Retail Observer

January 2021

The Retail Observer is an industry leading magazine for INDEPENDENT RETAILERS in Major Appliances, Consumer Electronics and Home Furnishings

Issue link:

Contents of this Issue


Page 41 of 67

RETAILOBSERVER.COM JANUARY 2021 42 John Tschohl Customer Service RO T he newsletter Quality Assurance Report states that companies can only claim to excel in customer service when they know exactly what kind of service their customers expect, and they deliver on those expectations 100 percent of the time, at a price customers are willing to pay, while still getting an acceptable return. Northwest Delta Dental excels in the Customer Experience and enjoys an impressive annual profit as a result. They've known for years that customer service doesn't cost….it pays! Each year I interview Northeast Delta Dental. They are the region's most trusted name in dental insurance for companies of all sizes as well as individuals and families in Maine, New Hampshire, and Vermont, administering dental benefits for more than 920,000 people. They're led by President & CEO Tom Raffio, who for 26 years has pursued the customer service strategy. Most firms become bored with customer service after a few years and move on to another strategy, in the process giving up the market share and dominance they had achieved. Northwest Delta Dental has a set of practices in place that help them manage customer experiences in a deliberately proactive and disciplined way. First, they got rid of stupid rules and practices, which helps keep bad experiences from getting out the door and frees the employees to assist in creating innovative approaches that will have a profound impact on the customer experience. All of my research shows that a firm that builds a brand around the customer experience will increase its value by over 100%. When you lose your focus (maybe you just got tired of focusing), you'll lose your value just as fast. Most top executives have no idea of the financial power of driving a service culture. There are a number of principles and practices I believe in and preach: PRINCIPLES • You are in the customer service business. This is a mindset and paradigm switch. Very few firms realize they are in the service business. • Use technology to increase speed and keep prices very low. • Value your employees. This is rare for most firms, but a must for service leaders. • Use price to drive business, but build it around service. • Be a great place to work. • Attract high-performance employees – the cream of the market. Don't settle for adequate. Look for that one in 50 or 100 who'll excel. • Recognition, not money, drives performance. • The marketplace values a service leader. PRACTICES • Know your customer. Knowing your customer's purchase and support history can help you solve problems and identify opportunities. Technology has provided companies with the ability to sell their products and services to millions of people throughout the world. But it's still the human touch that improves the customer experience. And it's that experience that will build loyalty and drive your business. • Speed. Taking too much time to assist customers can lead to... frustrated customers. The shorter the time to purchase and satisfaction, the happier the customer. • Personalize the experience. Customers love convenient and personalized responses to their problems and questions. If they are getting generic information, they are more likely to become frustrated ex-customers. It takes seconds for a customer to tell if you care. Frankly, it does not take additional time to be nice. Too many firms believe this is customer service. Everyone has the right to expect courtesy from you. On-the-job practices of courtesy are an important part of everyone's role in signaling respect. The more you give, the more you care. • If you say you'll do it – Do it! Not delivering what you said you would, at the time you said you could, can cost your organization long-term business. Customers have a right to demand performance. They aren't interested in our problems and excuses. We constantly need to ask ourselves, "Is our performance resulting in satisfied customers?" A good guideline is: "Don't promise what you can't deliver, and deliver what you promise." If you want to succeed, roll up your sleeves and do the work of building your customer experience. Don't become irrelevant to your customers. I suspect that in companies with comprehensive, highly professional service strategies, service adds more to their bottom-line results than research and development, capital improvements, or any other strategy. Again…customer service doesn't cost, it pays. PAYING ATTENTION TO SERVICE PAYS OFF John Tschohl is a professional speaker, trainer, and consultant. He is the president and founder of Service Quality Institute — the global leader in customer service — with operations in over 40 countries. John speaks more than 50 times each year and is considered one of the foremost authorities on service strategy, success, empowerment and customer service. John's monthly strategic newsletter is available online at no charge. Contact John on Facebook, LinkedIn and Twitter.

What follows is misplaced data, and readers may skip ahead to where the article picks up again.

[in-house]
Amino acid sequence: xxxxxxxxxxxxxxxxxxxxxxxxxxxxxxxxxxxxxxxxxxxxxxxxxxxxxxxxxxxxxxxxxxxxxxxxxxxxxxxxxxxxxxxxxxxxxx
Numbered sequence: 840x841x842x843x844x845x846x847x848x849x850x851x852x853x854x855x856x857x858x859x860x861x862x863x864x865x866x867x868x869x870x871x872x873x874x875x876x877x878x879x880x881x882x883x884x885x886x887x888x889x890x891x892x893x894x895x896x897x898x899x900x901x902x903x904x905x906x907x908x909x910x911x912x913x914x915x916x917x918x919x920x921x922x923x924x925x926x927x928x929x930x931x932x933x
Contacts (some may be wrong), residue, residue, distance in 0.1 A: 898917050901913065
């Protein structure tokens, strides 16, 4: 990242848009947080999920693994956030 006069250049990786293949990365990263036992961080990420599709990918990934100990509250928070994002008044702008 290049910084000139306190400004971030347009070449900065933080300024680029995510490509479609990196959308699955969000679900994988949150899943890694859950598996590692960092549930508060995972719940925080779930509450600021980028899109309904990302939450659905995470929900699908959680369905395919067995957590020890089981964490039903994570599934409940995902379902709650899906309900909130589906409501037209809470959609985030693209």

Articles in this issue

Links on this page

Archives of this issue

view archives of Retail Observer - January 2021